God's Provision, Humanity's Need
The Gift of Our Dependence
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In a world often consumed with self-sufficiency, this book reminds us that humans have an innate need for the grace of God's personal presence.
Using a rubric from analytic philosophy that defines "fundamental need," Christa McKirland makes an exegetical and theological case that human beings were created to need the presence of God in order to flourish. She argues for a new way of understanding the image of God and shows the significance of the imago Dei for other topics in the theological system. McKirland explains that the ongoing need for the grace of God's personal presence is not a liability but is our greatest human dignity and is a critical key to understanding human flourishing.
This book sets forth a constructive theological anthropology that affirms the value of all human beings. Professors, students, and scholars of theology will value this work.
Foreword by Alan J. Torrance
Introduction: Theological Anthropology and Human Need
Part 1: Introducing Need
1. Defining Fundamental Human Need
Part 2: The Image of God
2. The Image of God and Initial Humans
3. The Image of God and Jesus Christ
4. The Image of God and the Temple
Part 3: Divine Presence: Temple, Bread, Water, Sonship, Firstborn, and Adoption
5. Divine Presence in the Old Testament: The Significance of Bread, Water, and Sonship
6. Divine Presence in Jesus: The New Significance of Temple, Bread, Water, and Firstborn
7. Divine Presence in the New Covenant Community: The Ongoing Significance of Temple, Bread, Water, and Adoption
Park 4: Divine Presence and Needs-Based Anthropology
8. Pneumatic Christology and Pneumatic Anthropology
9. Christ the Key to Need
10. A Constructive Proposal: Pneumachristocentric Anthropology
Afterword: Building Bridges and Moving Forward
"With the clarity born of epistemic humility, McKirland gives readers no less than a biblically and theologically robust picture of what it means to be human--namely, to need God and to have God meet that need. In so doing, she constructs a rigorous and insightful Christ-centered theological anthropology that does not abandon the Spirit. Readers will find this a resource for many pressing biblical and theological questions, but even more, they will find reasons through this text to worship the abundant God."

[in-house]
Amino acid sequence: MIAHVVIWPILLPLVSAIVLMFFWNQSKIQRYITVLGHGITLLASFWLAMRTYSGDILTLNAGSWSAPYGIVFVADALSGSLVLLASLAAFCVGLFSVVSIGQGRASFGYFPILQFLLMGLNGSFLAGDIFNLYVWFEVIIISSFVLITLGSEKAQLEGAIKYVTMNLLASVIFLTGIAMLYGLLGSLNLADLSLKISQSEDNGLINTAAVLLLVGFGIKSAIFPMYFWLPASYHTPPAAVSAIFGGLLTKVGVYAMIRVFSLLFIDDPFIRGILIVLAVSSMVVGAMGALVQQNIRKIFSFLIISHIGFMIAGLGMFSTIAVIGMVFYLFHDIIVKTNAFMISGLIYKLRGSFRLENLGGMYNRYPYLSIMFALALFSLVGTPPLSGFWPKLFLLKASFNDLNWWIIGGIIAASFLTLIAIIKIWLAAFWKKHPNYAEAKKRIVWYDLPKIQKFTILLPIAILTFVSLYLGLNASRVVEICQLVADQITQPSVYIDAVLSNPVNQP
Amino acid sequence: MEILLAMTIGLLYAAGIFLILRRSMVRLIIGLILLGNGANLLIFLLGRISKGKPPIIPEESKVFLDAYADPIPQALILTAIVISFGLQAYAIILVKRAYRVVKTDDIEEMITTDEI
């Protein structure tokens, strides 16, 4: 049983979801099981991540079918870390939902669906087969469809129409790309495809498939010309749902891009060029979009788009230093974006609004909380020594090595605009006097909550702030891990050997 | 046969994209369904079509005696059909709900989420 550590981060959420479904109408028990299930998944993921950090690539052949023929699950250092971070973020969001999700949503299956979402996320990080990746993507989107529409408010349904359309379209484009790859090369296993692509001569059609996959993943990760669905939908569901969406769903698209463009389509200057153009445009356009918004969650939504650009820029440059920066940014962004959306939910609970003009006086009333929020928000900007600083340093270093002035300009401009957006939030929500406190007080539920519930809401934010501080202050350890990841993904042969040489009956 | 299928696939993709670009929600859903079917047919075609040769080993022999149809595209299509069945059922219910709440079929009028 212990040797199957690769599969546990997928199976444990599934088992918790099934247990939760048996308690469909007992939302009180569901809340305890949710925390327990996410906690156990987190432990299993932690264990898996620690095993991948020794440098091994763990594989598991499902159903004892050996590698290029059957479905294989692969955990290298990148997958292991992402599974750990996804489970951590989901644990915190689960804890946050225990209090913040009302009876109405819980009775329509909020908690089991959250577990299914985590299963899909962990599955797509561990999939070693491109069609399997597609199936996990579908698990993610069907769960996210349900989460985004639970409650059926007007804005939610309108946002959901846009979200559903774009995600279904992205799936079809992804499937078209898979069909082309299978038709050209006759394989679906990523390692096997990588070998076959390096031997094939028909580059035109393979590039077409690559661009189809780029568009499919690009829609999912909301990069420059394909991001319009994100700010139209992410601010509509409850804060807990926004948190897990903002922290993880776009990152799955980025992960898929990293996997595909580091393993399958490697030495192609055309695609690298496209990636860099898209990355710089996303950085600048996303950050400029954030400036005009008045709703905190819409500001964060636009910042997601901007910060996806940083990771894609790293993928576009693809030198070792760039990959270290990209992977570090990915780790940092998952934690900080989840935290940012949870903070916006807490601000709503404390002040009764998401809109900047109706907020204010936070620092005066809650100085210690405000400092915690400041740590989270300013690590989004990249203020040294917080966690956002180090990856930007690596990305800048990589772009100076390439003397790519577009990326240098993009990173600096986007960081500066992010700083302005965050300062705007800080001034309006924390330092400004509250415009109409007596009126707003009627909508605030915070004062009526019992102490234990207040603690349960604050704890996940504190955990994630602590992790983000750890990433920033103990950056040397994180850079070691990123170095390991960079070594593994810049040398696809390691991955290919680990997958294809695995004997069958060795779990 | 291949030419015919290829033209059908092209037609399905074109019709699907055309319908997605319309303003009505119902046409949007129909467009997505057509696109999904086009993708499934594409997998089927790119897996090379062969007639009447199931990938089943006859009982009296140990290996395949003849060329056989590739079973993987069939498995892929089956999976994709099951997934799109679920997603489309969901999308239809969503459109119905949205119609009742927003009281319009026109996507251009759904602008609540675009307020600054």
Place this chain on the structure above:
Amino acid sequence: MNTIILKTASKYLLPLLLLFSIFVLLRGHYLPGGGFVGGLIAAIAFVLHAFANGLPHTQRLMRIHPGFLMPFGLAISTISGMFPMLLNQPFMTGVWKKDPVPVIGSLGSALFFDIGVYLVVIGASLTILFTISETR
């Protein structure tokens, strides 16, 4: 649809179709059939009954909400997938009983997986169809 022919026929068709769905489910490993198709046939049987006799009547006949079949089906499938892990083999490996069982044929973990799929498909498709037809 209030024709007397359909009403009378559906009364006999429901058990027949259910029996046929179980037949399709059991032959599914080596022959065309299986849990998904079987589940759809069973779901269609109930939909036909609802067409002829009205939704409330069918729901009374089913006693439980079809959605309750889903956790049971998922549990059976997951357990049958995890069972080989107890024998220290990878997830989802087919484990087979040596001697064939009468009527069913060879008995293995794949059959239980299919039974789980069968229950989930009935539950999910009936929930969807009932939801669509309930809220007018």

Amy Peeler, associate professor of New Testament, Wheaton College
"In this book Dr. Christa McKirland has given us a text that is biblically rooted, theologically sophisticated, and attuned to vital issues that we face today concerning how we treat one another and how we relate to God. She moves easily between a rich variety of literatures as she makes a clear and compelling case for the thesis that human beings are fashioned so as to need the presence of God. This is theological anthropology of a higher order."
Oliver Crisp, principal of St. Mary's College, University of St. Andrews
"Howard Thurman memorably remarked that there is deeply rooted in each person an island of peace, and on that island is a temple with an altar built for the presence of God to dwell. What a person is and where they are going, he said, is all available to us in that presence. I know of no more careful and sustained theological mediation on that great insight about the human need of God's presence than this book."
Sameer Yadav, associate professor of religious studies, Westmont College
"Writing in a lucid style that students, church leaders, and scholars will all enjoy, McKirland has achieved something very rare. She has written a biblical theology that takes the best from analytic philosophy, drinks deeply from the wells of Scripture and biblical scholarship, and draws countless threads together with systematic creativity. God's Provision, Humanity's Need offers an exciting picture of humans as creatures with a fundamental need for relationship with God. Anyone looking for a Christian answer to the question, What does it mean to be human? needs to read this book."
Joanna Leidenhag, lecturer in theology and liberal arts, University of Leeds
"Christa McKirland beautifully articulates the centrality of God's presence for the well-being of the human person. Her convincing argument that human flourishing is grounded in the humanity of the Second Person of Trinity and the case she makes for relating to God's presence through a second-personal relationship are innovative. They speak to diverse cultures and contexts since, like McKirland argues, the principal goal toward which God urges humanity is the true image, Jesus Christ, who is both the teleological prototype for all humanity and the one through whom the fundamental need of all humanity is fulfilled. McKirland has written a profoundly moving must-read for anyone interested in academic theology!"
Sofanit T. Abebe, lecturer in New Testament and Christian origins, head of student affairs, and program leader in biblical and theological studies, Ethiopian Graduate School of Theology
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